He further adds that the Sabarmati project essentially involved concretising and channelising sections of the river, something that is against the principles of preserving the integrity of a river. He hopes that the riverfront development does not take place in a manner that is exclusive, elitist and against the conservation of the natural character of the river.

Education & sanitation

  • Budget inlay: Government would strive to provide toilets and drinking water in all the girls school in the first phase.

Lack of access to toilets results in girl children dropping out of school.

In rural government schools, the percentage of girls who attend school in the age group of 11-14 is about 4% lesser than those in the age group of 7-10. This number drops by a further 19.9% by the time they reach the 15-16 years age group. (ASER report, 2013).

Lack of functional toilets is thought to be a prime factor in keeping girls away from mainstream education, even though in 2011, the Supreme Court of India issued an order requiring that all schools meet the Right To Education (RTE) norms for girls’ toilets by the end of the year.

But toilet building is simply the first step.

Seema Kulkarni of SOPPECOM, emphasises on the gender specifics of toilets. “They need to be both usable and safe. Toilet design must keep in mind the menstrual hygiene requirement and safety aspects of women, so that these do not end up as spaces for sexual harassment“.

Delhi reforms 

  • Budget inlay: For NCT of Delhi it is proposed to provide Rs. 200 crore for power reforms and Rs. 500 crore for water reforms. In addition, to solve the long term water supply issues to the capital region, construction of long pending Renuka Dam would be taken up on priority. For this an initial sum of Rs. 50 crore has been provided.

The proposed Renuka Dam Project over the river Giri Ganga (a tributary of the Yamuna), is expected to meet a part of Delhi's water demands. Already, the capital city sources water from the Bhakra Nangal Project, Tehri Dam Project and directly from the Yamuna and Ganga. This project seems to be yet another step in quenching its increasing thirst.

Himanshu Thakkar, SANDRP, agrees. "Delhi does not need any more water from outside, it is already privileged with per capita water availability of over 250 lpcd, which is more than most European cities". He clarifies that Delhi does nothing to improve its water woes and become self sufficent. Instead, "like a spoilt kid, asks more and more water from long distance sources".

"Is Renuka Dam the answer?", asks Dipak Dholakia. "No! It does not take into account the growth of population rendering the solution itself meaningless. The Renuka dam is to provide additional 275 mgd (million gallon per day) of water after 7 years by which time Delhi's population will have increased by another 5 to 6 million".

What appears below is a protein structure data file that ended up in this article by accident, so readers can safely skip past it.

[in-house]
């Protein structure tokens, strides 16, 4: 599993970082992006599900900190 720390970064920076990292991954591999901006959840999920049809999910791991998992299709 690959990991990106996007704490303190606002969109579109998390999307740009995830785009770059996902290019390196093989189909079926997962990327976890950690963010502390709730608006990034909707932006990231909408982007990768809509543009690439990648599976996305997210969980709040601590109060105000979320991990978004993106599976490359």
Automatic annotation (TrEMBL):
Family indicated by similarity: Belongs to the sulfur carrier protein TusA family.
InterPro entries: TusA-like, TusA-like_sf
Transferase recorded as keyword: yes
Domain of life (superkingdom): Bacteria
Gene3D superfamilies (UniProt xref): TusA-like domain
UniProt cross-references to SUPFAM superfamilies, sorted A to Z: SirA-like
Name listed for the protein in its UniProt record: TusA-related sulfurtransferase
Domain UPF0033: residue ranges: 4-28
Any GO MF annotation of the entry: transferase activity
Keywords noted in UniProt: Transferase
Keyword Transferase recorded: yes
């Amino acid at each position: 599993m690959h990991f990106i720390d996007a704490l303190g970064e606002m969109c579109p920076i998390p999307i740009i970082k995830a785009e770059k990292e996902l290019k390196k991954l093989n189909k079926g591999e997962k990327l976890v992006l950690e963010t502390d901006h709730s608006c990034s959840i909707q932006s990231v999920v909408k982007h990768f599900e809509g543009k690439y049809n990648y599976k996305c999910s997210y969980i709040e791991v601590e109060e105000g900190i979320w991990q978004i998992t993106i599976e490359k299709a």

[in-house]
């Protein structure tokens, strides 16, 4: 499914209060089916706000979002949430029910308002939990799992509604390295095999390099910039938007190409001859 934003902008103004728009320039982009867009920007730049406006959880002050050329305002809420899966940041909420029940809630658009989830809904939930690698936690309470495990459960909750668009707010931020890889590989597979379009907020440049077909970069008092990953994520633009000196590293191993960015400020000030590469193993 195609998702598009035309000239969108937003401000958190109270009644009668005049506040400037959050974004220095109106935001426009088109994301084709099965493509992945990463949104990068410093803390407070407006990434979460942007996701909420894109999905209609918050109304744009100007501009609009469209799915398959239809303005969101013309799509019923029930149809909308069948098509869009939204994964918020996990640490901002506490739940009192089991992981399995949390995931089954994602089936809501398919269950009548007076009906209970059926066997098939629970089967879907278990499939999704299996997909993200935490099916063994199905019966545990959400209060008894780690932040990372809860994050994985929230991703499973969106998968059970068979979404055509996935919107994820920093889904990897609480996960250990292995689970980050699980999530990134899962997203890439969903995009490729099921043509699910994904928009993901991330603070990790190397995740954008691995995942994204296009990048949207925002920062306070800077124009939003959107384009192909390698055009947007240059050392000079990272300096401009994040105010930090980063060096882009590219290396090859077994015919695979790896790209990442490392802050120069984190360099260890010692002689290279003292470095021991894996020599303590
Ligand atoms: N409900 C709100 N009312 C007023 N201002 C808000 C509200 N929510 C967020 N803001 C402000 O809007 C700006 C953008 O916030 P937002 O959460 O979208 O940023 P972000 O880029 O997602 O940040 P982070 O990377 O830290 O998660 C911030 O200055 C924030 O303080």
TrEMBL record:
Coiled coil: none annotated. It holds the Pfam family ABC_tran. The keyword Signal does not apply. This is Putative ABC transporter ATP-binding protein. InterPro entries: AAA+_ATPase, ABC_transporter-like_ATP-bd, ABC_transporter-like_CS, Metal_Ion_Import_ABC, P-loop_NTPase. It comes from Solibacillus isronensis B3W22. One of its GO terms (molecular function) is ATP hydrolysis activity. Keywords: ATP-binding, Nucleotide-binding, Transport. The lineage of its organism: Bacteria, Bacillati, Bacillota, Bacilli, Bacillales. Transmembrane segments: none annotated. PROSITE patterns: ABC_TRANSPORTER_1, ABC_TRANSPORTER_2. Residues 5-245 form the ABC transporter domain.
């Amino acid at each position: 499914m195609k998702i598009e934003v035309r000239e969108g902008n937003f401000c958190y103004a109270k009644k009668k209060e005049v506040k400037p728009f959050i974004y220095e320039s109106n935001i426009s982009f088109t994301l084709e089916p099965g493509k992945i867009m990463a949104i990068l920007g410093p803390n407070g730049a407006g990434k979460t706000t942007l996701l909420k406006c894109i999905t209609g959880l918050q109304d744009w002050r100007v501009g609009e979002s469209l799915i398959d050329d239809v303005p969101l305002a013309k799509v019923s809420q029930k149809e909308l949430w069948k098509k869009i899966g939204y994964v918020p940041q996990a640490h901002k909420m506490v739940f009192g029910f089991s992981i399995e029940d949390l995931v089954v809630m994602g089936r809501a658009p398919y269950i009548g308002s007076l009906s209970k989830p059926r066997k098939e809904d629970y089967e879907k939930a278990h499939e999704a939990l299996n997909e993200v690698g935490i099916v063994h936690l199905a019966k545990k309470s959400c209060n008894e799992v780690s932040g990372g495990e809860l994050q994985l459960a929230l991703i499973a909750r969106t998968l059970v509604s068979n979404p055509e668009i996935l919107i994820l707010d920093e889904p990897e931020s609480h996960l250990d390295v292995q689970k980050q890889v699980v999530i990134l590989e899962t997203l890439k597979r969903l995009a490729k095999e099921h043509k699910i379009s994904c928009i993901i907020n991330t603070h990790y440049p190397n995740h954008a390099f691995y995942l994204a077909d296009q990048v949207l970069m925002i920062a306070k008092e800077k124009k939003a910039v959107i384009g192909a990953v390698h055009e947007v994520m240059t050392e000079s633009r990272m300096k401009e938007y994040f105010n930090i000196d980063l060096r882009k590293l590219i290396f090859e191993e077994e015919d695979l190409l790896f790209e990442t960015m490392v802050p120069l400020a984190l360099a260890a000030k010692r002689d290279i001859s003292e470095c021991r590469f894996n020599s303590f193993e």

He further elaborates, "The water fetched from a far off place in Himachal Pradesh will be prone to leakage, seepage and pilferage problems increasing its cost in practical terms. The budget should have provided funds for rejuvenation of local water bodies, which could be achieved at a much lesser cost and would have created valuable assets. Moreover, it would have opened the way for decentralized water management involving the local people in a particular area". 

The other aspect is of the local people who will be directly affected by this project. Puranchand Sharma, of Ma Renukaji Sangarsh Samiti, says,"What will be the benefit for the people who live here? We lose the river where our animals drink, we lose the trees and also lose our land".

He adds,"Disturbing the Himalayas will have an ecological consequence as seen in the Uttarakhand devastation last year. Are we ready to face it again"?  

The Statue of Unity versus water

The government has set aside Rs. 200 crore for the erection of the 'Statue of Unity' to support the Gujarat government in its mission to build the statue of Sardar Vallabh Bhai Patel as a symbol of unity within the country. 

The money allotted for the statue is twice the money allotted for ghat development and beautification of riverfronts, two times the money sanctioned for the preparation of Detailed Project Reports, and four times the initial sum set aside in the budget for the construction of the Renuka dam. 

A comparative chart of the money earmarked (Rs in Crores), shows the budget allocation for the major water issues in relation to the Rs 200 Crores set aside for the erection of the statue. 

The Union Budget 2014, seems to be a mixed vessel of new and old water. It has opened up new ideas and possibilities, but also managed to rehash old pending issues. While there is no questioning the funds allocation towards the various aspects of water, the lack of clarity on its intent and execution is questionable.